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2 edition of Development of Hymenolepis nana and Hymenolepis diminuta (Cestoda: Hymenolepididae) in the intermediate host Tribolium confusum found in the catalog.

Development of Hymenolepis nana and Hymenolepis diminuta (Cestoda: Hymenolepididae) in the intermediate host Tribolium confusum

Marietta Voge

Development of Hymenolepis nana and Hymenolepis diminuta (Cestoda: Hymenolepididae) in the intermediate host Tribolium confusum

by Marietta Voge

  • 370 Want to read
  • 40 Currently reading

Published by University of California Press in Berkeley .
Written in English

    Subjects:
  • Hymenolepis.,
  • Parasites -- Tribolium confusum.

  • Edition Notes

    Bibliography: p. 562.

    Statementby Marietta Voge and Donald Heyneman.
    SeriesUniversity of California publications in zoology,, v. 59, no. 9, University of California publications in zoology ;, v. 59, no. 9.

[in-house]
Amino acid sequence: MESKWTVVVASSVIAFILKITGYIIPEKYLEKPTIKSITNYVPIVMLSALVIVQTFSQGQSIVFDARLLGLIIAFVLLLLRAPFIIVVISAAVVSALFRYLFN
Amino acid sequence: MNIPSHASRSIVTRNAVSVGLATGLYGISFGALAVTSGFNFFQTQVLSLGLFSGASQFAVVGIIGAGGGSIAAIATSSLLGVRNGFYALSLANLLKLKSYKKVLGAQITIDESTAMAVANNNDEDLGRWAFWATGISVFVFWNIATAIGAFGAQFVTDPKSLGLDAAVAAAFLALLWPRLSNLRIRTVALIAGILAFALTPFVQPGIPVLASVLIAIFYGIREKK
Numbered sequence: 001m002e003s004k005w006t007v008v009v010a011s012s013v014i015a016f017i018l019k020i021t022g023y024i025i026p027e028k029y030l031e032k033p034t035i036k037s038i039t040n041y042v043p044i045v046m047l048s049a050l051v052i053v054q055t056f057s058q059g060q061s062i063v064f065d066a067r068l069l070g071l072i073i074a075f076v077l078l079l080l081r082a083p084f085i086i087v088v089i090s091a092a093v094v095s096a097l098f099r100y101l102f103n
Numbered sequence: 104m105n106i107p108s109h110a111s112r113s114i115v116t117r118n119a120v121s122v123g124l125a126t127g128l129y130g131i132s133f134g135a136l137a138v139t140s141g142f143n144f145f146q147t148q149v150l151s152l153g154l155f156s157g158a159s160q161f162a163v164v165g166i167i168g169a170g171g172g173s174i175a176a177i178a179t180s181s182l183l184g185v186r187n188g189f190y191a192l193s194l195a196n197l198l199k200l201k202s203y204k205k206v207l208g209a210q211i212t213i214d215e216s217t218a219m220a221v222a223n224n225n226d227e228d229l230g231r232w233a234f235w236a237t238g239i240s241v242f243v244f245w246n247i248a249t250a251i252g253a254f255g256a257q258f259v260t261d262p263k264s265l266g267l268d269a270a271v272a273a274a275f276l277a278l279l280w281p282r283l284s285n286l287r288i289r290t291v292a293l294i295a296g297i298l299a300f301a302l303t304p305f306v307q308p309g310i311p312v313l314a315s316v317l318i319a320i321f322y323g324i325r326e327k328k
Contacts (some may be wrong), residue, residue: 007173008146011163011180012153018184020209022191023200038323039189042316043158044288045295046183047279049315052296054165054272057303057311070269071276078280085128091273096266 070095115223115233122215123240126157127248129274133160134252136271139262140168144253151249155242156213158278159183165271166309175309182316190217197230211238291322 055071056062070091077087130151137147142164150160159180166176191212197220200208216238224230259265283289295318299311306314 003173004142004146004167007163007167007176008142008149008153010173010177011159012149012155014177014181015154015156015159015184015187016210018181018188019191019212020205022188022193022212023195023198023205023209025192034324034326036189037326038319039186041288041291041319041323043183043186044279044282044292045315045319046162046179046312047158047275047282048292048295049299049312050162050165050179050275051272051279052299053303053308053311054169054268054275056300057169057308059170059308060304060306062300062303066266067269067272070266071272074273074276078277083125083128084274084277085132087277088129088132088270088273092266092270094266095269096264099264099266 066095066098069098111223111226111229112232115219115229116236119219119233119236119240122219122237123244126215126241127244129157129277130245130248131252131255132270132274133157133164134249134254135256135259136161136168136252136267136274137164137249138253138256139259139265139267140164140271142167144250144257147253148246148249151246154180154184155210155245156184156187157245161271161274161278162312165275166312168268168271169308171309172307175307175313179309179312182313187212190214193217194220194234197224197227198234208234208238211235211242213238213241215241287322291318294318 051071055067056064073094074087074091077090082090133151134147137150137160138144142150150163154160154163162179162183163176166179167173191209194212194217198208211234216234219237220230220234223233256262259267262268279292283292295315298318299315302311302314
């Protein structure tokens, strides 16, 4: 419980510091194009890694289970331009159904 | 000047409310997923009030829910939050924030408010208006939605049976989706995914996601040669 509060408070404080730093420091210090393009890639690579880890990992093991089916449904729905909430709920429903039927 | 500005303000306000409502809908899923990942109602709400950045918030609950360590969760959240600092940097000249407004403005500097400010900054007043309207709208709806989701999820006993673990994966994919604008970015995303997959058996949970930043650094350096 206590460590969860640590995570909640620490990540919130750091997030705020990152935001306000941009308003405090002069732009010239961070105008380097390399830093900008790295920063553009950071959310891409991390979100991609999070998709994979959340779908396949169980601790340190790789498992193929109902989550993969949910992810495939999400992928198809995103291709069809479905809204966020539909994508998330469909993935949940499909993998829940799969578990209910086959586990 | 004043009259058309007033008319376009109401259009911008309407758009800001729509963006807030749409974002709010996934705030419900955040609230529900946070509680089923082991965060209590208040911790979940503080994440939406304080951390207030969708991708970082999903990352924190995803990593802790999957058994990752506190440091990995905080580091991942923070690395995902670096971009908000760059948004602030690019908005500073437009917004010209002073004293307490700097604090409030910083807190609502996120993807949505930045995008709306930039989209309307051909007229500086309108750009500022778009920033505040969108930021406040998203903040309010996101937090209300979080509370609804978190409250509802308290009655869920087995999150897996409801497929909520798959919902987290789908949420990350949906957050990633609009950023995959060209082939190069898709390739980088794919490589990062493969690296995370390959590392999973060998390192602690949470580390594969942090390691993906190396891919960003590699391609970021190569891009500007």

ContributionsHeyneman, Donald, 1925- joint author.
    Classifications
    LC ClassificationsQL1 .C15 vol. 59, no. 9
    The Physical Object
    Pagination549-579 p.
    Number of Pages579
    ID Numbers
    Open LibraryOL213467M
    LC Control Numbera 57009980
    OCLC/WorldCa3056808

    Hymenolepiasis is an infection caused by Hymenolepis nana (H. nana) and H. diminuta (H. diminuta).Hymenolepiasis is prevalent throughout the world with human infections with H. nana being frequently reported in the literature as compared to H. lepiasis is more frequent among children, and most human infections remain asymptomatic and self-limited. Economic Importance for Humans: Negative. Hymenolepis diminuta is a cestode which sometimes causes infection in infection results from eating such foods as dried fruits and precooked breakfast cereals in which the infected grain insects, themselves infected from eating rat or mouse droppings, are present. Some symptoms of infestation in humans include, enteritis, anorexia.